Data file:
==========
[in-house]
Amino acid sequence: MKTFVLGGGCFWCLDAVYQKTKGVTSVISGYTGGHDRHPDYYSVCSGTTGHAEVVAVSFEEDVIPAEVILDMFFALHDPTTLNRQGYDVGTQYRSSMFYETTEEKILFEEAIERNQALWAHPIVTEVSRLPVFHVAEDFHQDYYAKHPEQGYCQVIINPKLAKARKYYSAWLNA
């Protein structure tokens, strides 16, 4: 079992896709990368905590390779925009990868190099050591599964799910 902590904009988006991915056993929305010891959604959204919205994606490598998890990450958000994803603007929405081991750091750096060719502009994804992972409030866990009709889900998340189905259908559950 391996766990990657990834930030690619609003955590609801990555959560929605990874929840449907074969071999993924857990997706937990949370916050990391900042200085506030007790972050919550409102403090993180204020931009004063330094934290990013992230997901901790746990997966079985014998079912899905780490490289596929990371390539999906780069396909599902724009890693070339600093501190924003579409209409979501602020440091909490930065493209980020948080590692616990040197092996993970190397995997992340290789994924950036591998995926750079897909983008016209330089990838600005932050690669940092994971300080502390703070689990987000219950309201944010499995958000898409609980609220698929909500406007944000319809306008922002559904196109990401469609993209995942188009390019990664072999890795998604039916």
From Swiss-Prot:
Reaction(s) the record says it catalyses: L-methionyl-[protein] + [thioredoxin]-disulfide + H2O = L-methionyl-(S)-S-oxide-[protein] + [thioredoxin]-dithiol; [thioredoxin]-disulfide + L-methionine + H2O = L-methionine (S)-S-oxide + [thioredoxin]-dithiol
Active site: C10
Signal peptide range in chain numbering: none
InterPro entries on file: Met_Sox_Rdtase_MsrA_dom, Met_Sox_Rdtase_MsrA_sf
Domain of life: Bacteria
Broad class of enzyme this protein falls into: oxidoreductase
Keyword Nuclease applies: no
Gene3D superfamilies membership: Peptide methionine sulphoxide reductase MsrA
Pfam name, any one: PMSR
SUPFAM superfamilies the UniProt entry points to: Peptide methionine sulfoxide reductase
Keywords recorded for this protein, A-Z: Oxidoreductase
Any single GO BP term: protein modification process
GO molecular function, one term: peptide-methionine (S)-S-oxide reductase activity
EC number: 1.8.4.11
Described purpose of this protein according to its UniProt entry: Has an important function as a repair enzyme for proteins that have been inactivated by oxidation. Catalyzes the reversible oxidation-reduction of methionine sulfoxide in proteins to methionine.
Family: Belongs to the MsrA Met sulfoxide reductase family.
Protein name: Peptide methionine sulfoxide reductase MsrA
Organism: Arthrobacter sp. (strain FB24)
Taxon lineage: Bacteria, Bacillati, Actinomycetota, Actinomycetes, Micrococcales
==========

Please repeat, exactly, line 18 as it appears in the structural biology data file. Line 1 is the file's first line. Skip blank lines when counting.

EC number: 1.8.4.11